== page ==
26 Nov 2008

Nearly Passive in Somerset

On the way back from the Homebuilding & Renovating show, I pop into a development of near Passive Houses in Chewton Mendip. There I meet the project manager Arthur Bland who shows me around the terrace of three houses, which have been commissioned by the Waldegrave estate and are going to be rented out on completion.

It turns out that this project has been driven by Arthur and his interest in low energy housing and Arthur is a big thermal mass fan. He chose to work with Logix, one of our more innovative ICF businesses, and he assembled a crew to work with him. He particularly liked Logix because their formwork is manufactured in the South-west and therefore if he needed something extra he wouldn’t have to wait six weeks for it to arrive from overseas. “I went on their training course, I went and visited two sites and then I just got going with it,” he said. “I picked up local builders to work with me; some were brilliant at it, others couldn’t get their heads around it at all.”

There were problems with the site. For a start, building control had identified a radon issue, which had to be managed. Arthur chose to use Eco Slab which, he said, was a brilliant solution, very easy to use and no mechanical handling required and, because it gives a ventilated sub-slab, all it needed was a gas barrier installed above to meet the requirements. Arthur also went for a poured Quad Lock intermediate floor, specifically to increase thermal mass — there is a hell of a lot of concrete in these homes. All around, the fabric is designed to have U values equivalent to Passivhaus standards, with extra insulation added where the proprietary systems didn’t quite get there.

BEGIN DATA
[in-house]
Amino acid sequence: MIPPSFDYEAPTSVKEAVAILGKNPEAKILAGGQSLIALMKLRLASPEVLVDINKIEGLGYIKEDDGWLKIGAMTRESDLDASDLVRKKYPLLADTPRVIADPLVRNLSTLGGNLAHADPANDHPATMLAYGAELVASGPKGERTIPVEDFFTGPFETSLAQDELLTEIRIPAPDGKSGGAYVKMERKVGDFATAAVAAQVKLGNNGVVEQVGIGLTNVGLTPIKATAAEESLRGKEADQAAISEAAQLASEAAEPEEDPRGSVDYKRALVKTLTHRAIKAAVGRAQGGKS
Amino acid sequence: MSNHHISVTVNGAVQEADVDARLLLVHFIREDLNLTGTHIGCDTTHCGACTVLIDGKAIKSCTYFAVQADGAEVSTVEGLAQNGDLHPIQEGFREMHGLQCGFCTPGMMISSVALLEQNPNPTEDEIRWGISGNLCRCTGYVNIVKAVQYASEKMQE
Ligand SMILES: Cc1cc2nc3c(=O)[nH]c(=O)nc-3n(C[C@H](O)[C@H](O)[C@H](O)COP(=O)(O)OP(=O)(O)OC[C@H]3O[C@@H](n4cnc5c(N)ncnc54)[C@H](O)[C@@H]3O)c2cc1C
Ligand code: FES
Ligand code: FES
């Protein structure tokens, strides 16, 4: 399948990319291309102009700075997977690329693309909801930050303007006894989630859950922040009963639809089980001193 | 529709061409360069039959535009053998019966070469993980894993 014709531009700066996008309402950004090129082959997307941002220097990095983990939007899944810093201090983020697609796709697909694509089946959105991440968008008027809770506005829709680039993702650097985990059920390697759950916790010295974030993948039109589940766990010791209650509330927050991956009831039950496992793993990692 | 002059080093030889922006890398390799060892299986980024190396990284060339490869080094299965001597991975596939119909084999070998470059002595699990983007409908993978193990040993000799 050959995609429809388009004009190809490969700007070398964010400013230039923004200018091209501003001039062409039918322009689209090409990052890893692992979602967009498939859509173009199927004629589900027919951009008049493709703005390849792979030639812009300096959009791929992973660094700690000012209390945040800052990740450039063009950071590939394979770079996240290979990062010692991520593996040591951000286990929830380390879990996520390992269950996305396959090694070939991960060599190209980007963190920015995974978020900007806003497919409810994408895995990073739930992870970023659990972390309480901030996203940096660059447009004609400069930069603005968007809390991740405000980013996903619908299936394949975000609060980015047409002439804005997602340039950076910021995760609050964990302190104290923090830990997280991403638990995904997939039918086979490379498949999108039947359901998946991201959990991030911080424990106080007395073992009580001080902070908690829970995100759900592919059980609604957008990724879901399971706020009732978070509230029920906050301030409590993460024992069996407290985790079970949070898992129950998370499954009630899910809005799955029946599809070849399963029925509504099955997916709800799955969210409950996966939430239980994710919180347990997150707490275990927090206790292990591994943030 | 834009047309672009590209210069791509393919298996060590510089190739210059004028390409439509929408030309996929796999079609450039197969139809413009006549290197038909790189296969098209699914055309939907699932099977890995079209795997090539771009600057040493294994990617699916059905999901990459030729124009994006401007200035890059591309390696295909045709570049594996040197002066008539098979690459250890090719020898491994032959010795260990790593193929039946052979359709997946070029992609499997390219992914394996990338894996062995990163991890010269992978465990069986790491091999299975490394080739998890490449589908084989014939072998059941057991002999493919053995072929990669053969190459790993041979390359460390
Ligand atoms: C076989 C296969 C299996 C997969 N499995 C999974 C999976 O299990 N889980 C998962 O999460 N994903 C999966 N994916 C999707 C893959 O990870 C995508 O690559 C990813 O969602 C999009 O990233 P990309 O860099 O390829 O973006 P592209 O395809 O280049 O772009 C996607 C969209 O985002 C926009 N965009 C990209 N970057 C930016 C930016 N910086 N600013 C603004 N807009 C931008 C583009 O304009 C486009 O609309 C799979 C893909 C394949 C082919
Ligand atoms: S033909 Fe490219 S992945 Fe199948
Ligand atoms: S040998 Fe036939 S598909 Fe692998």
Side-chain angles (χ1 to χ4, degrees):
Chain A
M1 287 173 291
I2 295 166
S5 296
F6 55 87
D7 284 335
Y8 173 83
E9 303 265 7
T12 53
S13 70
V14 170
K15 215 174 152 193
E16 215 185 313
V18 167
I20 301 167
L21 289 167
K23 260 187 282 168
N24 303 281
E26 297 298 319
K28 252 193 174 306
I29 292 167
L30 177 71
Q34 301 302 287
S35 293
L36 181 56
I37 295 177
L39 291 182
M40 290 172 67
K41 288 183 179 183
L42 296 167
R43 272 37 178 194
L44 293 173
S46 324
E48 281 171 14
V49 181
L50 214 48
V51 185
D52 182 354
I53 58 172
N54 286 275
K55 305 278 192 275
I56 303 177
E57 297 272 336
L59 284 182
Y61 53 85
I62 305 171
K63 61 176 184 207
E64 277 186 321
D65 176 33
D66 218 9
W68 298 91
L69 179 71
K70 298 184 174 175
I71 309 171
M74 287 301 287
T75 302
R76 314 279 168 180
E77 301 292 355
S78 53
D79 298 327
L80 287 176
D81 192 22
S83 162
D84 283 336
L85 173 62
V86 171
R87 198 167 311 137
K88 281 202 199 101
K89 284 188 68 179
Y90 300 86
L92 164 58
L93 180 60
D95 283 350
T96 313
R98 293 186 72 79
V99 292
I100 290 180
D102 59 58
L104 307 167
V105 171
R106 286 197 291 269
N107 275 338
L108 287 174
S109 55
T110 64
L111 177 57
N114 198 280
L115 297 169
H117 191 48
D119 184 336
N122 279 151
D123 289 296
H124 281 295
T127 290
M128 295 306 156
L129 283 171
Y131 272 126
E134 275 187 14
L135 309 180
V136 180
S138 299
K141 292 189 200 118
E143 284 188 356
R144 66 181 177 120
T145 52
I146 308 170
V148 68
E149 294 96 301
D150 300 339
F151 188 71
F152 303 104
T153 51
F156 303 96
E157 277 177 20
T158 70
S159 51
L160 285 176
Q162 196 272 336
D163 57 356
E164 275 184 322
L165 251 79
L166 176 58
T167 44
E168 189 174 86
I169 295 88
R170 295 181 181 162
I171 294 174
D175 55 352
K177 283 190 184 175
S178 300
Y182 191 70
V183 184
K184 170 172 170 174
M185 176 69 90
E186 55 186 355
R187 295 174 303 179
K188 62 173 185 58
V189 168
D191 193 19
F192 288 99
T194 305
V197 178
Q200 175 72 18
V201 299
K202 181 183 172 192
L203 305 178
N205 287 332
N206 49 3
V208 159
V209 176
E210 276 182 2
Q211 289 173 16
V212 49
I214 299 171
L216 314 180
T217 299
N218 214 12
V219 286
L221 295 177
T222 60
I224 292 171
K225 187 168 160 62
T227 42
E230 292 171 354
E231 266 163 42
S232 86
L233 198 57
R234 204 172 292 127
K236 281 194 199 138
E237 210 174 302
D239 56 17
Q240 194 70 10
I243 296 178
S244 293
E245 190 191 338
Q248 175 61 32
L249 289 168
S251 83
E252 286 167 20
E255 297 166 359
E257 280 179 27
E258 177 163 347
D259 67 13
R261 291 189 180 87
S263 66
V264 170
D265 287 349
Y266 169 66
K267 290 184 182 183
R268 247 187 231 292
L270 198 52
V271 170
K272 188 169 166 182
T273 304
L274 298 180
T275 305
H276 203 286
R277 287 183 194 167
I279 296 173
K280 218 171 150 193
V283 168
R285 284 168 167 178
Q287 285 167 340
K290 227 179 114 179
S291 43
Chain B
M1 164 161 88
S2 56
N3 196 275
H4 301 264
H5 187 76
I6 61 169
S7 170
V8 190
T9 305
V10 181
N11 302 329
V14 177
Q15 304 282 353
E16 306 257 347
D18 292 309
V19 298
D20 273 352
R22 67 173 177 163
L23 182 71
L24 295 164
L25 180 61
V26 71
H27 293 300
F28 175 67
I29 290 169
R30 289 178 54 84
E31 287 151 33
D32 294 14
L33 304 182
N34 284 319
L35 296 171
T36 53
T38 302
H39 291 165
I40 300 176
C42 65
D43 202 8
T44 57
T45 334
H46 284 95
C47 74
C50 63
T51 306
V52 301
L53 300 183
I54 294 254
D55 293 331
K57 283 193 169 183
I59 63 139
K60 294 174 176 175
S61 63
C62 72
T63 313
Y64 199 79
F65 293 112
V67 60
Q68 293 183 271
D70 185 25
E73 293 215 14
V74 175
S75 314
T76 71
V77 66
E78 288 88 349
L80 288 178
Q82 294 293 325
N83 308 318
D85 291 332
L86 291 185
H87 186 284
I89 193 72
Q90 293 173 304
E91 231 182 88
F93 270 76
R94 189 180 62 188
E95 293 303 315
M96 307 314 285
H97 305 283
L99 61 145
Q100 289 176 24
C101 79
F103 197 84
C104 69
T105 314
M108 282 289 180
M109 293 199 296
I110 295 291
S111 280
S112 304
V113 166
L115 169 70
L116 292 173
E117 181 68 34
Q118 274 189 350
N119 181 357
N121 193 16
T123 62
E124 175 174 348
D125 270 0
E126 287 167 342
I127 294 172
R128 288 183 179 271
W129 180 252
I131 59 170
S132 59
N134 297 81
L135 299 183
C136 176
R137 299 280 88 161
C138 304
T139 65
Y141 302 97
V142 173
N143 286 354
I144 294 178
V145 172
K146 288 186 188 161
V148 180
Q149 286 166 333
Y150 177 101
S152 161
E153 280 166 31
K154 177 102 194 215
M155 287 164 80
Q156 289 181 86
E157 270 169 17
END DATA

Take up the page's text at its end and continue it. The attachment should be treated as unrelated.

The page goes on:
I had been told that these were another example of no heat homes, but it transpired that this wasn’t really true. What they did each have in their airing cupboards was £6,000 worth of Genvex Combi, a bit of kit I hadn’t come across before. This machine is a hybrid between a mechanical ventilation unit with heat recovery (MVHR), and an air source heat pump (ASHP), which also supplies 185litres of domestic hot water. It’s a beast, but it’s a quiet beast. One of the oft-heard criticisms of ASHP is that it is noisy, but these units ran with a barely discernable hum at the standard setting. Even on full blast setting, it made less noise than a gas boiler.

It’s a neat idea. On the other hand, it’s electric heating, which doesn’t sound too great an idea. But to be fair, this is also pretty close to the standard set up in a German Passivhaus, where they usually have something called a post-heater added to the MVHR system. Arthur said that without the unit on, the houses were settling at an internal temperature of around 12°C (it’s been fairly chilly recently), but when I visited they were holding a temperature of 17°C. None were yet occupied.

What I don’t yet know is how much energy these machines are using, though Arthur promises to let me know when he has some figures.

21 Nov 2008

Wolfgang Feist, Mr Passivhaus

I joined a throng of about 250 people gathered last night in central London to hear a 40 minute lecture by Wolfgang Feist, Mr Passivhaus. In the obscurantist world of energy efficient building design, Feist is the nearest thing you will get to a superstar and this was the first time he had spoken in public in the UK. He spoke in excellent English and held the stage with his presentation, although in truth, for those who already know about the Passivhaus movement, there wasn’t anything particularly new to be gleaned. In any event, he was preaching to the converted, although in the bar afterwards it was suggested to me that I wasn’t wholly on board. Oh dear, what is it with me?